Monthly Archives: December 2009

To Breed or Not to Breed—That Is the Question

At age 17, I walked down a small side street in my hometown, my fingers laced in my sister’s as we both wiped our tears with our free hands. I’d just told my sister that I’m gay, and it was an emotional moment. She helped me process how I would tell my parents, and then we talked about the future and what my adulthood would be like, neither of us knowing for sure how things would play out.

Yoga to Go

The idea of holiday travel implies frenetic activity. Movement. But in fact, we mostly sit while we’re getting from point A to point B in a car, bus, train or plane.

“Our bodies are not designed to sit for long periods of time,” says Linda Pushkin (pictured here), yoga teacher and co-owner of Inner Power Yoga in Calabasas. “The longer you sit, the more gravity compresses your spine. Because body and mind are connected, your whole being suffers. You feel stressed, jetlagged and sluggish.”

Film Review: Avatar

James Cameron’s cutting-edge blockbuster illuminates an ancient message (No spoiler)

What the Birds Can Tell Us

In myriad cultures and for countless generations, birds have been considered divine messengers. Flying between heaven and earth at a high vantage point, birds naturally appear to be able to see the big picture of any given situation. Observed closely, it’s apparent that their flying patterns foretell seasonal and meteorological shifts; simply by noticing their […]

Think Global, Spend Local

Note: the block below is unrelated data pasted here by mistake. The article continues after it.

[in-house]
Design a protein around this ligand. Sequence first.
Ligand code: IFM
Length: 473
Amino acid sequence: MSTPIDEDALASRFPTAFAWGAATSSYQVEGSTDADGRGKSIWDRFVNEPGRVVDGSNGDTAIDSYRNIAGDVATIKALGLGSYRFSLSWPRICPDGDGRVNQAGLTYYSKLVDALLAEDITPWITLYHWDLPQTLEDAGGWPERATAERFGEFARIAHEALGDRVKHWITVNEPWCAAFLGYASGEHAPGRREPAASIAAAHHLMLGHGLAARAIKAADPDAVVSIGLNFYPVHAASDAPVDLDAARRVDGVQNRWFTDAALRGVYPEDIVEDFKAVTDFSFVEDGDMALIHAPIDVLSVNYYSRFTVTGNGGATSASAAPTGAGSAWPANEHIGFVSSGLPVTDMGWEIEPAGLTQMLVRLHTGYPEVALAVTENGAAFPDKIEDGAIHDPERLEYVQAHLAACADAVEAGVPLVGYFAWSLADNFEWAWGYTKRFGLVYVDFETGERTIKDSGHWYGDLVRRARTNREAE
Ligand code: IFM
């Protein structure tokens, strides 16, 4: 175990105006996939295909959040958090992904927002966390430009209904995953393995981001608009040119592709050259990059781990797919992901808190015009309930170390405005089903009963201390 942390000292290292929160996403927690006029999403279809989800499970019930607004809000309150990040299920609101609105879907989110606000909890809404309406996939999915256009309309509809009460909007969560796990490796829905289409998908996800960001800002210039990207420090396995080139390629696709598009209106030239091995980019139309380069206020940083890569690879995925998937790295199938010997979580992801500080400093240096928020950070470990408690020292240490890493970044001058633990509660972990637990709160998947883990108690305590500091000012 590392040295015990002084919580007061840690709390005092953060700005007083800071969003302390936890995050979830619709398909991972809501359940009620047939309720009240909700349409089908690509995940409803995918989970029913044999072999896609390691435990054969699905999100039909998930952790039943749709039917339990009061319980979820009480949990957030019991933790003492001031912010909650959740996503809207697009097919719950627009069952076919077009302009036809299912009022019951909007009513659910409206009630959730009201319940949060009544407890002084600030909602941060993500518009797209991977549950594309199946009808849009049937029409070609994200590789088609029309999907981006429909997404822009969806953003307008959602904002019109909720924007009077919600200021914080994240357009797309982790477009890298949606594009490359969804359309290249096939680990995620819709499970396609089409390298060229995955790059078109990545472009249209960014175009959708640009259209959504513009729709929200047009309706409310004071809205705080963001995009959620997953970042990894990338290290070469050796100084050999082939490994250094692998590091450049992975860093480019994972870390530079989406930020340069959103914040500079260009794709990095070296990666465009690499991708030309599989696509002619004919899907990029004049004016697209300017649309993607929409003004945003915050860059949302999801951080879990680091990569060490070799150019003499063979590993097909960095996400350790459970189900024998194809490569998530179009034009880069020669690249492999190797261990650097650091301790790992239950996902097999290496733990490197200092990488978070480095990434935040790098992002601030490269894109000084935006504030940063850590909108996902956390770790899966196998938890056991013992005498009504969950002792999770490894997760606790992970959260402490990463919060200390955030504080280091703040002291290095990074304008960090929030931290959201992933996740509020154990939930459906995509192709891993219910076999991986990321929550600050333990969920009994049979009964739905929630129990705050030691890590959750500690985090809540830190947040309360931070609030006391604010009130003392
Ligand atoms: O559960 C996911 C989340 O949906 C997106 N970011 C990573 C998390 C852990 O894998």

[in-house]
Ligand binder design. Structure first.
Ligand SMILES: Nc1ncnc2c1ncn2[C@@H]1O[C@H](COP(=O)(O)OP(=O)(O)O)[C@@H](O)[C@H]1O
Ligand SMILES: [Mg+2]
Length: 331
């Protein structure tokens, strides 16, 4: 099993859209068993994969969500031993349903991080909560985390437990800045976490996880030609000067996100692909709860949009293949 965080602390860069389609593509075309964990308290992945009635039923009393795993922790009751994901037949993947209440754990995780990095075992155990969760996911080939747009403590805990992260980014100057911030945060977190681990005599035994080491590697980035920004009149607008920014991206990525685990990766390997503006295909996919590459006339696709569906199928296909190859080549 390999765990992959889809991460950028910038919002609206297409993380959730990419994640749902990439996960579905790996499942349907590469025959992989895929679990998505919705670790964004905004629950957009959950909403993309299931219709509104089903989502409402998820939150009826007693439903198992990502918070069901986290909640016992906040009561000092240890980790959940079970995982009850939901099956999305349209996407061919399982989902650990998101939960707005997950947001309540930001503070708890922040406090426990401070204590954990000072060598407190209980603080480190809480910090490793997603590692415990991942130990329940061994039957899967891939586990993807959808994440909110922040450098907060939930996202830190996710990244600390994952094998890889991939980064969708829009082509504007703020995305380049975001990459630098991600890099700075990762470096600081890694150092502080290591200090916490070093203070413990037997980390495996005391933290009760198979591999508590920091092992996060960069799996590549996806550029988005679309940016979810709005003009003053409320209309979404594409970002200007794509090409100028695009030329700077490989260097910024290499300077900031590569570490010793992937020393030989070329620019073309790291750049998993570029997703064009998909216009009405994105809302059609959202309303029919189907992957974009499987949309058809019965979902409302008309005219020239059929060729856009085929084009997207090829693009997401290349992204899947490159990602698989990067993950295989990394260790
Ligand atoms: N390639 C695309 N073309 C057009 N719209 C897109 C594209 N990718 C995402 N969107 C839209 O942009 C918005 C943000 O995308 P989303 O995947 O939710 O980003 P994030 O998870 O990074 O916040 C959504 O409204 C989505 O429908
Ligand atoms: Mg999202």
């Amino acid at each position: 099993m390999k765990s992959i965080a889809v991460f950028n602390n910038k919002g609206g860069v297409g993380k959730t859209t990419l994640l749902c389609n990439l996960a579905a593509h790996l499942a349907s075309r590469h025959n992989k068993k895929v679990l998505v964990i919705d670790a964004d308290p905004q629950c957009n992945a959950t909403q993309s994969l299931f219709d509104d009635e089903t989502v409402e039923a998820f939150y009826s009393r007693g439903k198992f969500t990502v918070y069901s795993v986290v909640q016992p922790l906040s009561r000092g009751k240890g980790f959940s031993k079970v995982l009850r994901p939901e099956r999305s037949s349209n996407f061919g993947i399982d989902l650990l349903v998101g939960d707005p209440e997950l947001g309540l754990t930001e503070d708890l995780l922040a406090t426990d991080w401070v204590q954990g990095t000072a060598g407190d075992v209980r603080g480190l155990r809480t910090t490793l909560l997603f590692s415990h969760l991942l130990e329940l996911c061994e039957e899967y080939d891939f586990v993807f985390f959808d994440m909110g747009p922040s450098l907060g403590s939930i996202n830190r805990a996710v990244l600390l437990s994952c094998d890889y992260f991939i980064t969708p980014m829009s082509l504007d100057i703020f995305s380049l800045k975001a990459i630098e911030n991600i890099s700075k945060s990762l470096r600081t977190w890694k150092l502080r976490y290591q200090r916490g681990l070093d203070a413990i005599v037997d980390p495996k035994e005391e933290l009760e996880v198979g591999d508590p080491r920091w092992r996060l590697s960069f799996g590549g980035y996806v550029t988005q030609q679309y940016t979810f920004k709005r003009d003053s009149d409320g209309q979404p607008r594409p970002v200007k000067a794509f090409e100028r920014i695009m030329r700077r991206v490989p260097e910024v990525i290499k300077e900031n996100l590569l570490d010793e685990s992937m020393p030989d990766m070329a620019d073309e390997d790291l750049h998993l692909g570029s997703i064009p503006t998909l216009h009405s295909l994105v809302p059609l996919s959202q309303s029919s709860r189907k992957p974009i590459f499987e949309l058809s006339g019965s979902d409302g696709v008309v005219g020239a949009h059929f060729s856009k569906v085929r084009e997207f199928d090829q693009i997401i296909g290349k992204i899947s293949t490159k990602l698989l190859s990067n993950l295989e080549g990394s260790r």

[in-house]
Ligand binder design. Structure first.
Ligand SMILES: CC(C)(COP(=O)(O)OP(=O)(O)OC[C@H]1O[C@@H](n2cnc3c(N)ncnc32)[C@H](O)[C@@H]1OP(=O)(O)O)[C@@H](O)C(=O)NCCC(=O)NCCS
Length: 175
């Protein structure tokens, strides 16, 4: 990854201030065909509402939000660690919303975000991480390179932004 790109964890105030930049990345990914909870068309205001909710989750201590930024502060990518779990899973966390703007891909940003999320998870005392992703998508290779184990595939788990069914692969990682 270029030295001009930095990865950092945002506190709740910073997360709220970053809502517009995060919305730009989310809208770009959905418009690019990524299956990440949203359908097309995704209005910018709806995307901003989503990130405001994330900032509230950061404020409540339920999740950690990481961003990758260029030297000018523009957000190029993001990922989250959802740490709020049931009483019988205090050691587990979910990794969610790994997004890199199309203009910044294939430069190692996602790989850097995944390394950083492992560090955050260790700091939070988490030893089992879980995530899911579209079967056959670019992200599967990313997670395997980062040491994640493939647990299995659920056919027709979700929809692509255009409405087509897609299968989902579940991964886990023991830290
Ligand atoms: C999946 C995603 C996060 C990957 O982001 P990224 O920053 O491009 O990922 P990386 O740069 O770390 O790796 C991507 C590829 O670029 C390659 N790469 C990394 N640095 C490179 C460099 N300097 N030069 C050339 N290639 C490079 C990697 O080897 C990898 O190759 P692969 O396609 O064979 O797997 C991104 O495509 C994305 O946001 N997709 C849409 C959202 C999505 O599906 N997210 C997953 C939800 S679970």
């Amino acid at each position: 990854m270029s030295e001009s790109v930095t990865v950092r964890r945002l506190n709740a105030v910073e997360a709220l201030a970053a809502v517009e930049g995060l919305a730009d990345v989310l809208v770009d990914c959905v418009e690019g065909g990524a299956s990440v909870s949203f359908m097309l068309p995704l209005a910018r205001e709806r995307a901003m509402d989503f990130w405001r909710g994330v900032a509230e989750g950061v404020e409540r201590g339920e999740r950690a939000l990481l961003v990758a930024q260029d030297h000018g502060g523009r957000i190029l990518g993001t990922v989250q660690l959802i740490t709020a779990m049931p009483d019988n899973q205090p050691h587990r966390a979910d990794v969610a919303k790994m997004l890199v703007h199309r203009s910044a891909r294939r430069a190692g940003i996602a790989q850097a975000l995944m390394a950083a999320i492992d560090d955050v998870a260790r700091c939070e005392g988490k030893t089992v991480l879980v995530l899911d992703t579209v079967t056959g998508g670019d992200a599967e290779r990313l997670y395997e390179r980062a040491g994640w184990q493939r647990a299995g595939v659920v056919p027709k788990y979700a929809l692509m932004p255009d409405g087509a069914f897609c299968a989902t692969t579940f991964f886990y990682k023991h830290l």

One way of keeping money in the community is to create an alternative system of currency In 1932, while the world struggled through the Great Depression, a small Austrian town tried an economic experiment. To stimulate the local economy, leadership in Wörgl created its own local currency, or scrip, known in German as freigeld (literally, […]

Challenging Hybrids’ Hegemony

With Main Street still not recovered from the recession that swept the country in early 2009, ostentation has taken a backseat to more earthy values—at least in some circles. Whereas “old American luxury” was epitomized by McMansions, yachts and gas-guzzling SUVs, an Audi rep explains, the “new luxury” will be a more “progressive luxury,” with smaller homes and cars (an Audi in this scenario, of course), “a sense of Zen” and “new-age values.” There will be no shortage of people wealthy enough to afford luxury cars, Audi believes, but consumers will be spending their cash on brands that don’t scream, “Look at me.” Perhaps more importantly…